For campus faculty and staff, a comprehensive blueprint for workplace suicide prevention is available through the National Action Alliance for Suicide Prevention that guides workplaces in developing a suicide prevention program that is most appropriate to them.

The National Center for Spectator Sports Safety and Security (NCS4) has released four updated safety and security best practices guides for purchase via their secure digital platform partner, Mimeo . The guides are a result of summits with representatives from event management, facilities operations, la w enforcement, emergency management, fire, emergency medical services, technology firms, and public safety agencies where discussions took place on current safety and security issues, identifying solutions, and proposing future best practices through professional collaboration. In conjunction with these discussions, academic research contributed to the development of the 2018 guidebooks.

The following 2018 editions of the best practices guides are available in digital and print formats:
  • Commercial Sport and Entertainment Facilities Safety and Security
  • Intercollegiate Athletics Safety and Security
  • Interscholastic Athletics and After School Activities Safety and Security
  • Marathon and Running Events Safety and Security
Updates to the Intercollegiate Athletics Guide include expanded sections on situational awareness; perimeter protection including preventive measures to address vehicle ramming; cybersecurity; high ground/elevated threat protection; and employee development and training
NCS 4 is the country's only research center devoted to the study and practice of spectator sports safety and security. The annual summits that help inform the best practices guides will take place on the following dates and locations for 2018-19:
NCS 4 serves institutions of higher education, high schools, professional sports, marathon events, and corporations. You can stay connected with them via Twitter , Facebook , and LinkedIn or join their membership program, NCS4 Connect .

Professional Development Opportunities

Title: Protecting Our Schools: Strategies to Enhance School Resource Officers' Awareness & Response to Violent Attacks on Campus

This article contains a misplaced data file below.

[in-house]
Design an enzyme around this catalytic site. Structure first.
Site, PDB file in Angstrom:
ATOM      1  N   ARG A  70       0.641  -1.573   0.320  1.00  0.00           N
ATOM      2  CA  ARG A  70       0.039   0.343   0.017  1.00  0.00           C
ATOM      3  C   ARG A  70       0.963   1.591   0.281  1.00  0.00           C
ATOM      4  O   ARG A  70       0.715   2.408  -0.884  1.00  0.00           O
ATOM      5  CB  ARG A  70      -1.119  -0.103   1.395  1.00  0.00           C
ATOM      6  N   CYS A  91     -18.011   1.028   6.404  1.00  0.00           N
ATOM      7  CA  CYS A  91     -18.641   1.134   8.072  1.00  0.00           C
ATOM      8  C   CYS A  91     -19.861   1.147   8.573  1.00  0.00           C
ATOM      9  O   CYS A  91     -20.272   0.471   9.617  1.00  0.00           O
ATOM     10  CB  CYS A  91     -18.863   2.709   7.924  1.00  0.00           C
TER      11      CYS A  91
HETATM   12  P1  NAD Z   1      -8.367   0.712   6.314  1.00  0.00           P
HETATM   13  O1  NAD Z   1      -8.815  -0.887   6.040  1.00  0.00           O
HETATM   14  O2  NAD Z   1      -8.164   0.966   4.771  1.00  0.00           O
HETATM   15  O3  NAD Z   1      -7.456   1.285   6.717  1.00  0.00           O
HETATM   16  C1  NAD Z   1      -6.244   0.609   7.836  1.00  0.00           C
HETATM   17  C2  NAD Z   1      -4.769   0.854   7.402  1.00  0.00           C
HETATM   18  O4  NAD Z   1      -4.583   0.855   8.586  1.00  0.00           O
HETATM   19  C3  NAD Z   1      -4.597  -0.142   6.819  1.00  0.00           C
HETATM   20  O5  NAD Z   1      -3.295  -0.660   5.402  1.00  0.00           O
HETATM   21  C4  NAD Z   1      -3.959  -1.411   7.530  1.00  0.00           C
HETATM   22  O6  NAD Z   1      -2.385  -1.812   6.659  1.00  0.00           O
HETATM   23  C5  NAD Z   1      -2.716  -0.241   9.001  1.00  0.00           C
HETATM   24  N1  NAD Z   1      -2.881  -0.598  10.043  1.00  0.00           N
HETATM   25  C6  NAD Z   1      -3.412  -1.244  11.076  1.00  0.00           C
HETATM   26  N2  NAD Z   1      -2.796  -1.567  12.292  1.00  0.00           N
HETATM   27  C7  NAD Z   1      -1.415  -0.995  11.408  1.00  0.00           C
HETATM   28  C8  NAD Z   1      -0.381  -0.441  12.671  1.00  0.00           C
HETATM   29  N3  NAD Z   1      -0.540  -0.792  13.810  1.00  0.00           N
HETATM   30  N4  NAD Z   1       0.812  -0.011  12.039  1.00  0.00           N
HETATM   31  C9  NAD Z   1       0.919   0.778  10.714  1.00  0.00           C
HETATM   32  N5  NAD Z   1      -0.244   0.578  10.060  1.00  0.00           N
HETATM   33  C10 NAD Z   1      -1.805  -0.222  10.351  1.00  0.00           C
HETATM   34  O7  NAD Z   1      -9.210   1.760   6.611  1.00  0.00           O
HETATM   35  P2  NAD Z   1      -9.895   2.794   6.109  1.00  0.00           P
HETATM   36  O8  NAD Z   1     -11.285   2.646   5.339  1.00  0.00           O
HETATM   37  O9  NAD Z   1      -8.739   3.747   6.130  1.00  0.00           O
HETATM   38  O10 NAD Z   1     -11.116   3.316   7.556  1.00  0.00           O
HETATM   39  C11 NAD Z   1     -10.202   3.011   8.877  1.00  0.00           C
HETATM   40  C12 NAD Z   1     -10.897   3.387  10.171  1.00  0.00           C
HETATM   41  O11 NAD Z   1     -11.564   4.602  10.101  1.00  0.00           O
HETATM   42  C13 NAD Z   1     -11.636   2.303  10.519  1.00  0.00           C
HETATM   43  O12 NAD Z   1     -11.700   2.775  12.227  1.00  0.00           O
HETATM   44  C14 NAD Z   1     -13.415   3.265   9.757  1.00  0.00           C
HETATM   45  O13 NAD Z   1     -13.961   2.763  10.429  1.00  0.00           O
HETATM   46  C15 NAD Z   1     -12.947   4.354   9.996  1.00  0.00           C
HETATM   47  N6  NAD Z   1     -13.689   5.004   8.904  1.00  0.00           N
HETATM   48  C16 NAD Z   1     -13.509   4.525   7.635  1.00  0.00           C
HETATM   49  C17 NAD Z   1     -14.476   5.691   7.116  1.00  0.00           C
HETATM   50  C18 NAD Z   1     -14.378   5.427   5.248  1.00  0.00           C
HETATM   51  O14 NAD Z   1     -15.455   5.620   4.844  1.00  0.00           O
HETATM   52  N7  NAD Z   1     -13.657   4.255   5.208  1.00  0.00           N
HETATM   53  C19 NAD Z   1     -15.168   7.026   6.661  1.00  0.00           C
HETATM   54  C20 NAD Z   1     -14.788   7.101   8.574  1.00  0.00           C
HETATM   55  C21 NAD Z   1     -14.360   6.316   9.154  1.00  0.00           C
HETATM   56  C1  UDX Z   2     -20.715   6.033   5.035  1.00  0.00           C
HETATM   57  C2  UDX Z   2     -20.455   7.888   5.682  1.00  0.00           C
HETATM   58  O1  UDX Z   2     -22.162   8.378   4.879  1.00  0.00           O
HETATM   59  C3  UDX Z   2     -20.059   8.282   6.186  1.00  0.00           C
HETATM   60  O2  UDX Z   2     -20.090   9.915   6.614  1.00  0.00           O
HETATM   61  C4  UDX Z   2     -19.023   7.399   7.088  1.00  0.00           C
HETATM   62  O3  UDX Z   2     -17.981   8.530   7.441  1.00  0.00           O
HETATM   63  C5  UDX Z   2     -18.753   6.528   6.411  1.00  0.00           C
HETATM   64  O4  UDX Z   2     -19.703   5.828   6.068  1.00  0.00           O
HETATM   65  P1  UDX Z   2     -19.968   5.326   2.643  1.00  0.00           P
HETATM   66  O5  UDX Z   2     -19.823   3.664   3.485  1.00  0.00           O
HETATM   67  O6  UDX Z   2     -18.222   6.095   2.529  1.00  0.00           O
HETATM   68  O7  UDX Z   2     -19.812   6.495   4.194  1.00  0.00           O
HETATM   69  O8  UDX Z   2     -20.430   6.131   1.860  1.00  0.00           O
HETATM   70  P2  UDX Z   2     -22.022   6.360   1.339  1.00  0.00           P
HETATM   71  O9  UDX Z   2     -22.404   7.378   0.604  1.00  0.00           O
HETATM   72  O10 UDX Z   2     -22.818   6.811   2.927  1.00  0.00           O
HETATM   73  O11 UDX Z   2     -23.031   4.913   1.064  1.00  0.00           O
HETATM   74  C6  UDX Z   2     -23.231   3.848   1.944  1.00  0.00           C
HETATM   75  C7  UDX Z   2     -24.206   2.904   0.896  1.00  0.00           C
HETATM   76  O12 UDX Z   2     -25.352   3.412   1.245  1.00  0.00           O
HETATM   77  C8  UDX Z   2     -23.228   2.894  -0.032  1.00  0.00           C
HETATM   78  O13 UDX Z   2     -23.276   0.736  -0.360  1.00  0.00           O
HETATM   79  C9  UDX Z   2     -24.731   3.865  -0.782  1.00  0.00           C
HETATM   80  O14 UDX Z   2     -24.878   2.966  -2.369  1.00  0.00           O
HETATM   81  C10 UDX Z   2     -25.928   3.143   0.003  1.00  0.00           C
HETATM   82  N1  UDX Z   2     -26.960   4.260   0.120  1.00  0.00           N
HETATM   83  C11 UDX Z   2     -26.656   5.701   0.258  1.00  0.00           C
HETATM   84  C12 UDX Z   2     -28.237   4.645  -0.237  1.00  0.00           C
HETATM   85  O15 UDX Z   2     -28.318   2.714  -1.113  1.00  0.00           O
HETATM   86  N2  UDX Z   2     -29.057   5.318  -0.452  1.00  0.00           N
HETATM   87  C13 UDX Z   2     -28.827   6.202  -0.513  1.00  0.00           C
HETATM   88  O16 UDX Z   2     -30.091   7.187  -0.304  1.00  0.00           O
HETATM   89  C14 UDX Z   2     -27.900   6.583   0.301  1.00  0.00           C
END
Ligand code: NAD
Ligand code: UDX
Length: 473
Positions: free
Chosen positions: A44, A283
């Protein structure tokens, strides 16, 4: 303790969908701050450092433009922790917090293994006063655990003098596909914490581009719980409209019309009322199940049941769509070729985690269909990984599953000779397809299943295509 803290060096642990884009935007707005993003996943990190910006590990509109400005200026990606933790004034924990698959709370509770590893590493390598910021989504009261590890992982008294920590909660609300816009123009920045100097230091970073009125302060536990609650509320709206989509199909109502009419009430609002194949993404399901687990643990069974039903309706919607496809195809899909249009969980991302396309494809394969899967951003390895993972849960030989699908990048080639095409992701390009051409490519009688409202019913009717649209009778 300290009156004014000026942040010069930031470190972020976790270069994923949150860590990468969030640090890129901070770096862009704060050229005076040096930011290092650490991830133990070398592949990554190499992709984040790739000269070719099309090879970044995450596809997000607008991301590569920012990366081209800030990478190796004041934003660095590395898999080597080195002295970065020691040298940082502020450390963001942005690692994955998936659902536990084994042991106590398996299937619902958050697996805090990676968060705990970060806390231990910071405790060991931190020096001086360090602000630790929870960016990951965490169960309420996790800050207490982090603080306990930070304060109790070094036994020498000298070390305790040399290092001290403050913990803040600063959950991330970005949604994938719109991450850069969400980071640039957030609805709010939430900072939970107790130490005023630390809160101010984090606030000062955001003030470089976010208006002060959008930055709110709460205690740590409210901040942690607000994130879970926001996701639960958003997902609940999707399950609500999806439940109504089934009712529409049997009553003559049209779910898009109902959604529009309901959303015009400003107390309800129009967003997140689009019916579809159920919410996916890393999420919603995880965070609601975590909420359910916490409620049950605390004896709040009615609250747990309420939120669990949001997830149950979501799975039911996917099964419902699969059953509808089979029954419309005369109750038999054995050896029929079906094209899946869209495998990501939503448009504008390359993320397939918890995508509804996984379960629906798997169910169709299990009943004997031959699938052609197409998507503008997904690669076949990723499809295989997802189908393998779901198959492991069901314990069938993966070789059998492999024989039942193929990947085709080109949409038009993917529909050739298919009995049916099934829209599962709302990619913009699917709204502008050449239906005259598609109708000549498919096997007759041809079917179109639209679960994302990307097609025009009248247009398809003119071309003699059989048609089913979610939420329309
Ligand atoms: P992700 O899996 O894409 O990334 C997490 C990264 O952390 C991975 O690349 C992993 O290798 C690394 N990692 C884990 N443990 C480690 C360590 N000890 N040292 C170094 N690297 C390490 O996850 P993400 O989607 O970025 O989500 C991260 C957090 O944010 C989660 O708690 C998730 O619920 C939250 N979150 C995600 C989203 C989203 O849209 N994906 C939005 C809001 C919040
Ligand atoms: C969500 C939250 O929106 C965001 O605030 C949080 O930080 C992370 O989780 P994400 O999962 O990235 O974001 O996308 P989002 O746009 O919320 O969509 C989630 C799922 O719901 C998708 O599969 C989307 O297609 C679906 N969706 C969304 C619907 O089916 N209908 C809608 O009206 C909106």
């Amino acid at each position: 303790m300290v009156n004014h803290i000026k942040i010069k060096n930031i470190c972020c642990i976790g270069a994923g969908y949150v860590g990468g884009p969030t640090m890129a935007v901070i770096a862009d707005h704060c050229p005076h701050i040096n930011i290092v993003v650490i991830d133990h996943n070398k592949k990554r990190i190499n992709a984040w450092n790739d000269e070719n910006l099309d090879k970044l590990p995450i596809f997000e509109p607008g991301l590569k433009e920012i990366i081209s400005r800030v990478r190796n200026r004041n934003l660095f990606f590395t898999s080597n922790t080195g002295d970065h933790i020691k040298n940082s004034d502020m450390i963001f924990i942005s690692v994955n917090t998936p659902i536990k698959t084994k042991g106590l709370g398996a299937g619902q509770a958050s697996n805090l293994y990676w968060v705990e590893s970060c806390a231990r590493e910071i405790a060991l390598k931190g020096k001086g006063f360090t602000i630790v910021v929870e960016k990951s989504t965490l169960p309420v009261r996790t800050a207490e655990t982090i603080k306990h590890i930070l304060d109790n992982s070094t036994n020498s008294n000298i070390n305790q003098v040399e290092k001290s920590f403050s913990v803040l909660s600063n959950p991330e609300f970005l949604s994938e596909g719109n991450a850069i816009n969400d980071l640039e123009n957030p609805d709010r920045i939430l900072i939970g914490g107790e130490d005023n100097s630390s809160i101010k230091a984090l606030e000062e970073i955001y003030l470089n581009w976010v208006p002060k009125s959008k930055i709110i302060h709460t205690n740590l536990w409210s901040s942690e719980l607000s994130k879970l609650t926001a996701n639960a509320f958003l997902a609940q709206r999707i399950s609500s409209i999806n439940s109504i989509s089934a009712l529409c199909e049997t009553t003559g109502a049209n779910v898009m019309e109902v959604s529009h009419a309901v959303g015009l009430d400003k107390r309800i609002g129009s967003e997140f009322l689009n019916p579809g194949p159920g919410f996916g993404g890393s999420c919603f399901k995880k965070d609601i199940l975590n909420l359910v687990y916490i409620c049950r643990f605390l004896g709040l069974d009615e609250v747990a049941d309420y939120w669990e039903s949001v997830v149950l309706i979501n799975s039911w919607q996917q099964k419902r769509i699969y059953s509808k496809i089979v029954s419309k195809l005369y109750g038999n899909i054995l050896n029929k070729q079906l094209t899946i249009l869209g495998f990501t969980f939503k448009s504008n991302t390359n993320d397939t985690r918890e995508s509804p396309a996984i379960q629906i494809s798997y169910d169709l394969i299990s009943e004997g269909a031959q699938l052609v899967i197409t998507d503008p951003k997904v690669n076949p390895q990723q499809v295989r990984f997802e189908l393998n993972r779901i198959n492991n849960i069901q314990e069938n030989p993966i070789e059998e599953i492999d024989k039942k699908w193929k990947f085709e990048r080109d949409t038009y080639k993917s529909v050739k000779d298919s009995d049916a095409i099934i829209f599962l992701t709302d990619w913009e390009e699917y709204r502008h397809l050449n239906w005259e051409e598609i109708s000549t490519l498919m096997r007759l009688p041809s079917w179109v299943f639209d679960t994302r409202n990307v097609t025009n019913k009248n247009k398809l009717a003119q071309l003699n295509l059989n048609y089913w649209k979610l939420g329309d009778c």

Organization: International Association of Chiefs of Police and Bureau of Justice Assistance
Date: September 6, 2018
Location: Online
Fee: Free

Title: Applied Suicide Intervention Skills Training (A.S.I.S.T.)
Organization: Virginia Department of Criminal Justice Services
Dates: September 26-27, 2018
Location: Amherst, VA
Fee: Free
Title: De-Escalation Strategies for Public Safety: First Line to Commanders
Organization: Institute of Police Technology and Management
Date: October 2, 2018
Location: Jacksonville, FL
Fee: Registration fee

For additional trainings and events, access our searchable online calendar

Access free publications that identify challenges in the field and provide case studies, lessons learned, and promising practices.

Free Webinars
Learn about our free Campus Public Safety Online series, register for upcoming webinars, and view closed captioned recordings. 
Online Library
Browse through a diverse selection of reports, research, toolkits, guides, webinars, white papers, and more.

Have you signed up to receive our informative and timely emails?
Join Our Mailing List!

Like us on Facebook    Follow us on Twitter    View our profile on LinkedIn    View on Instagram

This project was supported by Grant No. 2013-MU-BX-K011 awarded by the Bureau of Justice Assistance. The Bureau of Justice Assistance is a component of the Office of Justice Programs, which also includes the Bureau of Justice Statistics, the National Institute of Justice, the Office of Juvenile Justice and Delinquency Prevention, the Office for Victims of Crime, and the Office of Sex Offender Sentencing, Monitoring, Apprehending, Registering, and Tracking. Points of view or opinions in this document are those of author and do not necessarily represent the official position or policies of the US Department of Justice.
Margolis Healy Logo